One of the most challenging situations a family can – and likely will – encounter comes when a loved one eventually needs long term care. Not only are there the immediate emotions that flare up like a sudden wild fire, but also financial and logistical issues that present themselves. Very often, the elephant in the room eventually becomes: Should mom or dad receive long term care at home, or be placed in a care facility?
These days many folks are opting to remain at home and bring help in. And there are logical reasons for this. Firstly, they are still in their own established and comfortable surroundings. This is a powerful thing: Having a degree of independence creates a feeling of having some control. It represents the ability to “circle the wagons” on familiar ground. The dignity and quality of life in such cases is greatly improved. Also, depending upon where they live, many state agencies offer incentives to remain in the home when possible to alleviate the stress on already burdened healthcare facility system. And if it is determined that a skilled nursing need exists, the price of a home healthcare aide may be covered by Medicare insurance with no out of pocket cost to the family.
On the downside, many people find that the family home may simply not be designed for someone with substantial custodial care needs, and it may be prohibitive, or even implausible to re-engineer it so. In those cases, a loved one might need a more specialized setting. Also, if a family chooses to provide all, or just some of the care, they soon find out just how unrelenting a job it truly is. Between follow up doctor visits and the daily needs themselves, it soon becomes clear that caring for a loved one can instantly become a full time occupation with very little – if any – down time. If Medicare does not cover the cost of a health aide (should no need for skilled nursing exist) a family can opt to either privately pay an agency, or an individual care giver directly. But as was touched on in a recent blog post, there are special concerns to be aware of when privately paying an aide directly that might make it a deal-breaker when all is said and done.
Long term care facilities, (i.e. Nursing Homes) despite their often inaccurately stereotyped image, offer the conveniences of a staff and amenities that some families may find difficult to provide with limited financial and logistical resources. They also offer more immediate access to medical attention should a loved one develop symptoms not quickly recognized by family unfamiliar with medical diagnosis. The staff of a nursing home is trained, paid, and experienced in dealing with issues related to long-term healthcare. Should the health situation of a resident begin to deteriorate, they are set to switch gears and swing into motion.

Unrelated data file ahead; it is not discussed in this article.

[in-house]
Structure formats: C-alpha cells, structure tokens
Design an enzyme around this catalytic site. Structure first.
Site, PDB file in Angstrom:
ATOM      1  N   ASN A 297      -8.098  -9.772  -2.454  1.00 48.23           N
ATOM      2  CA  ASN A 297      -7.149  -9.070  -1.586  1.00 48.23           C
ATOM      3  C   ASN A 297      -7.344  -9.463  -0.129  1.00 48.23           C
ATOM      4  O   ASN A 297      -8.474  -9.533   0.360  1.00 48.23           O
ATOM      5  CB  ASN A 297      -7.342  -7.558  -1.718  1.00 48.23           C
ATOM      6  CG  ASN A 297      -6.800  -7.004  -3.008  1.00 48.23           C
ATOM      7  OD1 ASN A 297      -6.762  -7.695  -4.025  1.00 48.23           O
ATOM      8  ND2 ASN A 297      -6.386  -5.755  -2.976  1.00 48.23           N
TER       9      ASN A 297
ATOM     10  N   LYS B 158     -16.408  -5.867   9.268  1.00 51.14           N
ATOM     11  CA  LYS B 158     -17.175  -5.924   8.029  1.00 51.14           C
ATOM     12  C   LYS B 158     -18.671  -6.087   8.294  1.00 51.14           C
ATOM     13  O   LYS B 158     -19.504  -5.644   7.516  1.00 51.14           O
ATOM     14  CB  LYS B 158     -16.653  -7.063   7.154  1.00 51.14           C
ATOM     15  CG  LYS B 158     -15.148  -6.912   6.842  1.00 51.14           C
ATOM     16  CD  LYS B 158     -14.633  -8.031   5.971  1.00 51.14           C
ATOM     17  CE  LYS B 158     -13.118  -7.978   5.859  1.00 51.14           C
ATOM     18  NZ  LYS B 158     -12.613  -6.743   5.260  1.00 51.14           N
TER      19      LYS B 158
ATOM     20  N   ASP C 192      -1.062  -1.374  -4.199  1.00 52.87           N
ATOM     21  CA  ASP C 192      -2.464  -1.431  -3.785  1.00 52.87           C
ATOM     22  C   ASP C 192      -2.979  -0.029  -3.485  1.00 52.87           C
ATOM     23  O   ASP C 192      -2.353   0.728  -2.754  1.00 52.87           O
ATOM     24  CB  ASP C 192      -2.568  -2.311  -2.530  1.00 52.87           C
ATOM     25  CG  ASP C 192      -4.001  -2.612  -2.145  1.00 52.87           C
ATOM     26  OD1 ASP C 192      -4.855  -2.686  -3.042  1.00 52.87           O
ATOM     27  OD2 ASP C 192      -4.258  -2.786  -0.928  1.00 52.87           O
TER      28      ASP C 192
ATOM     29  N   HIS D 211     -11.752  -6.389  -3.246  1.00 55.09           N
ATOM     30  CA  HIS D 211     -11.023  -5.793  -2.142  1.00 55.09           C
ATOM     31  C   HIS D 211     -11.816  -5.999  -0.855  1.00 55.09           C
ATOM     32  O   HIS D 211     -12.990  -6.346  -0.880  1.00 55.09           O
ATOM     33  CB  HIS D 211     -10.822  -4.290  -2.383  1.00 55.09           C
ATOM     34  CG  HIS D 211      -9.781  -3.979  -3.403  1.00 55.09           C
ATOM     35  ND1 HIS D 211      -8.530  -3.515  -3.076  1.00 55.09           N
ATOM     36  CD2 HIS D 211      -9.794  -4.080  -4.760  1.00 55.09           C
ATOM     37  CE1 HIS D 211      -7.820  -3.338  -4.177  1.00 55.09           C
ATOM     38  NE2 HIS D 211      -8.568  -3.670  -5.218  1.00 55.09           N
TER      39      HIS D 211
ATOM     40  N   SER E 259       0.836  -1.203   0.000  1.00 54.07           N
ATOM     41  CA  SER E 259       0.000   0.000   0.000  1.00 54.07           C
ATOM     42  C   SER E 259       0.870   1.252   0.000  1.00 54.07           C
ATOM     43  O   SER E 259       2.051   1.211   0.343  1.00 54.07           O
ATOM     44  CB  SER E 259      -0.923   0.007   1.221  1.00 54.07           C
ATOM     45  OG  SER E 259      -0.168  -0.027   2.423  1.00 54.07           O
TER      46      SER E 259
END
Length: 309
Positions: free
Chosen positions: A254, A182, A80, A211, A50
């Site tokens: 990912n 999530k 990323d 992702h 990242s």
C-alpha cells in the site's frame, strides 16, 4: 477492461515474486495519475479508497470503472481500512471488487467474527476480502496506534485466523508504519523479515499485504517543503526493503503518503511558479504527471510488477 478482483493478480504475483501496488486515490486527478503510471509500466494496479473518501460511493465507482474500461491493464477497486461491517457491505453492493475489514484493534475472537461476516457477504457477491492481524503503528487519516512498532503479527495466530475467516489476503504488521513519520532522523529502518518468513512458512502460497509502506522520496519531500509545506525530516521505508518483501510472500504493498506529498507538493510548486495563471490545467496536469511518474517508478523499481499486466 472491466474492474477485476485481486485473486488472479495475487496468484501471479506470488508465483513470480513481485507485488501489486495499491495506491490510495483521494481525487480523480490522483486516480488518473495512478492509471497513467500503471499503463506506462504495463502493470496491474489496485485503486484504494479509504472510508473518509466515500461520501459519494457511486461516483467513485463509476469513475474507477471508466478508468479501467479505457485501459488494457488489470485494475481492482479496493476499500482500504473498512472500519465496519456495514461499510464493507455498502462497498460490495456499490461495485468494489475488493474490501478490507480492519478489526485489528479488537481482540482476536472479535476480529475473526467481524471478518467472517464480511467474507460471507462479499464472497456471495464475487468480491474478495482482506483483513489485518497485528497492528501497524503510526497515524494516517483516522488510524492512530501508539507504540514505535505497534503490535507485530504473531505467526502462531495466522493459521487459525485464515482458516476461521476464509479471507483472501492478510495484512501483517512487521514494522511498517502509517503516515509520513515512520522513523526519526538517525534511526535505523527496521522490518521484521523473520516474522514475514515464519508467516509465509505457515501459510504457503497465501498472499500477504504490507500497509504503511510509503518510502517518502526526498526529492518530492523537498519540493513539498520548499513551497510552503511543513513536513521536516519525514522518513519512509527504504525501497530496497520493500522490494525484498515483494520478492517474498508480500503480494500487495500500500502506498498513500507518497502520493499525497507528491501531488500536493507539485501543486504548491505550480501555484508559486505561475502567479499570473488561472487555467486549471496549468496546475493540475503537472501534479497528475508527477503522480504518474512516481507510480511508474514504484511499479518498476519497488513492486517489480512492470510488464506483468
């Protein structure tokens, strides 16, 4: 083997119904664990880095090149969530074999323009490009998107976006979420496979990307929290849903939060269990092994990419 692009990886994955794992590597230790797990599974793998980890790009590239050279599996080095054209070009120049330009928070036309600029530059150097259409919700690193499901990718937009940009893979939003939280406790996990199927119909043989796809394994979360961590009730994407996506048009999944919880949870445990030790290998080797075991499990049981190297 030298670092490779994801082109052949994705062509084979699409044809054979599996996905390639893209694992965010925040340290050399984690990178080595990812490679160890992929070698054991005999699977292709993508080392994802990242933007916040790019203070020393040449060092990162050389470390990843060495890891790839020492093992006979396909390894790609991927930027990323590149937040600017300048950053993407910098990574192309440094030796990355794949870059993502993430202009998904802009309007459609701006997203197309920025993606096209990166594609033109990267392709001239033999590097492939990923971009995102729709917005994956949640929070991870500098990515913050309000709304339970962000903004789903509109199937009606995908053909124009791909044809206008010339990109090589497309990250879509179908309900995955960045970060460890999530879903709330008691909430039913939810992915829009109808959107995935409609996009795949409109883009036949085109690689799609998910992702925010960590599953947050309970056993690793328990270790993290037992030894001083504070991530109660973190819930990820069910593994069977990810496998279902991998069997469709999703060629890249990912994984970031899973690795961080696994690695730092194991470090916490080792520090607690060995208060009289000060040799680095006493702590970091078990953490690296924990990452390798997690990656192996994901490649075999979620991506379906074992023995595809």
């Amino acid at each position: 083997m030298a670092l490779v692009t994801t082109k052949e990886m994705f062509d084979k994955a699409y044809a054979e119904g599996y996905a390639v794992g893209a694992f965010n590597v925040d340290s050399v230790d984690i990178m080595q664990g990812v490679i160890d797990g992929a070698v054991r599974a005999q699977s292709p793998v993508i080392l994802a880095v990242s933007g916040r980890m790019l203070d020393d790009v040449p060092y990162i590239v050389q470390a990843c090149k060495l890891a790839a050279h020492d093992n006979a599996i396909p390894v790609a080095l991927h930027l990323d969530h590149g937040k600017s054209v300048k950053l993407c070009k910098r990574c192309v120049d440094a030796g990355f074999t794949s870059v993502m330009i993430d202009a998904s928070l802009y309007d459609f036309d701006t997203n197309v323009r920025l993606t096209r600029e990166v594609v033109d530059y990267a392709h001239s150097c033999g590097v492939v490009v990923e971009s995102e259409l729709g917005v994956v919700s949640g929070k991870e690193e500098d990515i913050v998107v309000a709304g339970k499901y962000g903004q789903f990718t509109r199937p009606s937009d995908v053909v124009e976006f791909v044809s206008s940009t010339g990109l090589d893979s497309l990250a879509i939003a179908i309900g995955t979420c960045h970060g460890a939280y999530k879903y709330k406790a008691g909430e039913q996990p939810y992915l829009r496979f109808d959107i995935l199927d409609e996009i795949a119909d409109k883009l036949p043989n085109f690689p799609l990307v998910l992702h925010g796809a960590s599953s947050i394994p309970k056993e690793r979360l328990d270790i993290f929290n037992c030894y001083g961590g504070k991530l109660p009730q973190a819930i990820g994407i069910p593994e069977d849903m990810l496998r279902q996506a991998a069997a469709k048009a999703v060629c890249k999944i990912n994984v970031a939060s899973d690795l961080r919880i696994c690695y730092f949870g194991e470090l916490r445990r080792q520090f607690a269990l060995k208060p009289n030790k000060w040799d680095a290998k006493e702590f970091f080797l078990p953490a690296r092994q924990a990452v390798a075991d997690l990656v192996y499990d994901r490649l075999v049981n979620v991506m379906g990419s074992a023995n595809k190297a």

On the downside, many nursing homes are understaffed, or the staff works a grueling schedule. This may mean – in worst cases – that the residents do not always get the immediate attention that they might at home. Sometimes patients are left in their rooms or lined up in wheelchairs in the halls. Dovetailing with this is the very real psychological issue that many families report of their loved one rapidly going “down hill” and “not lasting long” in a nursing home, due to the loss of autonomy and the disconnect with the outside world. The loved one feels that they have been “abandoned to strangers” and left in a place that they neither understand, nor wish to be. Also to be borne in mind: Sometimes certain benefits packages that can be applied to in-home care cannot be applied equally to facility care. This needs to be determined before making irrevocable decisions.
Obviously this article cannot offer a ‘best answer’ decision for each case, since the options available – and laws governing them – vary place by place and situation by situation. What might work for one might not work for all. But a key part of the decision making process should include touring at least some facilities to get an idea of what they offer. And if a literal, physical tour is out of the question for some reason, many facilities now have custom, fully interactive Virtual Tours that can assist future clients in getting to know them. It is as close to being there as possible when one cannot actually be there! Also, networking with others, getting in contact with the local State Agency on Aging, the Veterans Administration (if applicable) and seeking an attorney who specializes in elder-care will certainly fill in many of the blanks. Most importantly, everyone needs to speak with the loved one who is at the center of all of this, if that is possible. After all, it is THEIR life that we are all talking about.